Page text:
The ''Swingers'' auteur Doug Liman trains his idiosyncratic eye on teens in his new film
On the second-to-last day of shooting her new film Go, actress Sarah Polley is given an adorable, taupe-colored weimaraner. It’s delivered by a production assistant, who explains that the puppy’s a parting gift from director Doug Liman. Polley coos excitedly as it licks her face.
Ten minutes later the punchline’s delivered: It’s not a present at all — Liman borrowed the dog. ”Are you serious?” Polley squeals. ”That’s such a mean thing to do.”
Also kind of warped, a little dark, somewhat humiliating — and fairly typical of the frizzy-haired Liman, who, nearly a year later, is still bemused by the prank and eager to share another, his most inspired to date: a giant crate with an itemized invoice from the local sex shop, delivered to a friend staying at a hotel.
”Doug Liman is an adjective,” says Polley, in an attempt to explain his eccentricities. ”He’s a total mess of a person. He’s the sloppiest, grossest, funniest, most intelligent guy, and totally absent-minded. But he makes movies unlike anyone else.”
That was proved with his second film, the cult hit Swingers, a 1996 comedy of humiliation in the extreme, which launched the careers of its stars, Jon Favreau and Vince Vaughn. And it is being underscored with his much-anticipated, critically acclaimed follow-up, the cinematic joyride Go. The film follows an ensemble of burned-out teens, soap opera actors, and assorted riffraff who literally collide when a drug deal is bungled. Liman initially resisted the project because it was set in the cities so indelibly associated with Swingers (L.A. and Las Vegas), but he was impressed enough with John August’s wired, irreverent script that he ultimately gave up a more lucrative studio deal directing Breakers, then set to star Anjelica Huston. Not that Liman got chicken liver with Go. The $6.5 million budget beats Swingers‘ by more than $6 million, and the cast is a who’s who of hot young things: Polley (The Sweet Hereafter), Katie Holmes (Dawson’s Creek), Scott Wolf (Party of Five), and Jay Mohr (Jerry Maguire).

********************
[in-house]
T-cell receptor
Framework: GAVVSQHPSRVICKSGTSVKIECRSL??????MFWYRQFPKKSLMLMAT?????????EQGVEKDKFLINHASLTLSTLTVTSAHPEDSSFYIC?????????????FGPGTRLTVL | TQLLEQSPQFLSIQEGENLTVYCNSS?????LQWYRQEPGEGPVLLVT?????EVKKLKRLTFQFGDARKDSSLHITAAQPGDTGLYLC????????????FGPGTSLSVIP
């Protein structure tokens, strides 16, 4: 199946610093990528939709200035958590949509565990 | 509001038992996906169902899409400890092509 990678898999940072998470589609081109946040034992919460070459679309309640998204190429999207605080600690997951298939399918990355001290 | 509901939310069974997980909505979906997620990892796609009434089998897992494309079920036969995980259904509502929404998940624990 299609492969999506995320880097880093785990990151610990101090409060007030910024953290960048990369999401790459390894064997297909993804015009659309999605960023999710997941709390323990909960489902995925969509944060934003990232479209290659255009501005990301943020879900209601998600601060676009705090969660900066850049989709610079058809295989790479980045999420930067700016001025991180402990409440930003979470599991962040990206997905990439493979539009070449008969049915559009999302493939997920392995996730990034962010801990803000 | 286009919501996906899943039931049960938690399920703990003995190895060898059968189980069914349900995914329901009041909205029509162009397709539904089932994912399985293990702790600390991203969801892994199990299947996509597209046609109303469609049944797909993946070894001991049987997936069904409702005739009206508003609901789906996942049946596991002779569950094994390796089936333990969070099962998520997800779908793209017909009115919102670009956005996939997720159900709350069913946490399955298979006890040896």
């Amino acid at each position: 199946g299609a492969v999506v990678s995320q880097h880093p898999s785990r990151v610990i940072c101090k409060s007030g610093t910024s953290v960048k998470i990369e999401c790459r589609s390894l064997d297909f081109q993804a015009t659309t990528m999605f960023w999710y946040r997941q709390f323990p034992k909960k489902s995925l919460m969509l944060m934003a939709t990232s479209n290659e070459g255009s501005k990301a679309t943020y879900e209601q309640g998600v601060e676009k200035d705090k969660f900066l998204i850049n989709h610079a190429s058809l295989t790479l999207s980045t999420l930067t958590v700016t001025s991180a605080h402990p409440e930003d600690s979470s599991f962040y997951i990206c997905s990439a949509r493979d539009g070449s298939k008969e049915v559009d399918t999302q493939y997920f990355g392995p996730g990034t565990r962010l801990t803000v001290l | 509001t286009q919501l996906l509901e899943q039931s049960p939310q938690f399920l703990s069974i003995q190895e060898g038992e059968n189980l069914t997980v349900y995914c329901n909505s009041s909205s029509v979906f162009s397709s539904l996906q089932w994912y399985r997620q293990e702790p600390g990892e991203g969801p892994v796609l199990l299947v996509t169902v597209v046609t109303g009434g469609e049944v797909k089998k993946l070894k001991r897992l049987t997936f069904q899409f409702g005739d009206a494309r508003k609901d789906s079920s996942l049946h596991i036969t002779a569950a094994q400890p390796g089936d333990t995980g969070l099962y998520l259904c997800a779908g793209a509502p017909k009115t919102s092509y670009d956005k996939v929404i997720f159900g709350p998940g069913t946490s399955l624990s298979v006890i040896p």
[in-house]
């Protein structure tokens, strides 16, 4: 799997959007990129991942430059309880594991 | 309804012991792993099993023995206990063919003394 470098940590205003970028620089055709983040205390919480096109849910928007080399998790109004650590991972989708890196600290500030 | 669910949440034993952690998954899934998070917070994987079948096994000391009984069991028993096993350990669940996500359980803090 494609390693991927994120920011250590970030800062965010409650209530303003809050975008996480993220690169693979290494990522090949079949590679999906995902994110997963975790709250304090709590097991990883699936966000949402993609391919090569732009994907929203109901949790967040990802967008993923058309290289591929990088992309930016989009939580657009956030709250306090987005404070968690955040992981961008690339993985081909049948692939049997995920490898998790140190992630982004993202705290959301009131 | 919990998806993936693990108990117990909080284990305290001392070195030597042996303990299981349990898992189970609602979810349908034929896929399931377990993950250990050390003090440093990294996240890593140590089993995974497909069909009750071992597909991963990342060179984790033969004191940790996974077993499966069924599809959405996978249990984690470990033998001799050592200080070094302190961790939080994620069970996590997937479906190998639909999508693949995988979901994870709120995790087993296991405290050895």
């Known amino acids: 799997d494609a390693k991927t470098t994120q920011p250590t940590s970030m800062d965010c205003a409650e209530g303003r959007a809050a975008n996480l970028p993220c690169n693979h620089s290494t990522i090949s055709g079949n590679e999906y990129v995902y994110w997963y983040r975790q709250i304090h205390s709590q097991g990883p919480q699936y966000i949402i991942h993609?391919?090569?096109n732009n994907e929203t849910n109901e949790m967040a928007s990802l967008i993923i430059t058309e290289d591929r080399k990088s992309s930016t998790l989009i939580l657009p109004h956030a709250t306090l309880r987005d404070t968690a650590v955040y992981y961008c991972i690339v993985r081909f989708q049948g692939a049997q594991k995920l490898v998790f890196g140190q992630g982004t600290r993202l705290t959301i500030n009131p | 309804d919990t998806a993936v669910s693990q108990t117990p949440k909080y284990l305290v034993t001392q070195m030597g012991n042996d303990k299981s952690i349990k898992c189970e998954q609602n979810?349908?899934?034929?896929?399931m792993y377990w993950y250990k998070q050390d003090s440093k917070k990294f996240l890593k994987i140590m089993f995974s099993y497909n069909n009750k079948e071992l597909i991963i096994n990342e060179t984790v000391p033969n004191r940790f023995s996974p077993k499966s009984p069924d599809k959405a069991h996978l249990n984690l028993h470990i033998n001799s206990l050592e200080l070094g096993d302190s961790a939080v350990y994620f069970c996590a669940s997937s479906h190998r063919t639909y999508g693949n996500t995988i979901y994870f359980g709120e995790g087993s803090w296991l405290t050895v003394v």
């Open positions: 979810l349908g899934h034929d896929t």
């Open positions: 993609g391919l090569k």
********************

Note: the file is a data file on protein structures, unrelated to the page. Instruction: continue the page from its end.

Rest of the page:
The dark comedy tests not only Liman’s ability to deliver a solid successor to Swingers but also whether the Clearasil set — traditionally fed such slaphappy fare as She’s All That — will buy into a Pulp Fiction-alized version of the wonder years.
”I think teens are really smart,” says the 32-year-old Liman, who sold Columbia on the pic when independent financing fell through weeks before production began. ”Go will show you don’t have to spoon-feed them garbage and that they can choose to see an original movie.”
The Brown University-educated Liman has been making movies since he was 6 years old, and is obviously an accomplished and avid filmmaker. So why the three-year wait between films? It wasn’t for lack of offers (including Good Will Hunting). Rather, Liman chose to direct commercials (for Airwalk and Levi’s, among others) to be close to his ailing father, noted New York City attorney Arthur Liman (chief counsel to the Senate committee investigating Iran-contra), who died of cancer in 1997. And his filmmaking clearly hasn’t suffered for the respite. ”With the camera, Doug fits you, the audience member, into the room,” says Wolf. ”There’s a great energy and immediacy to it.”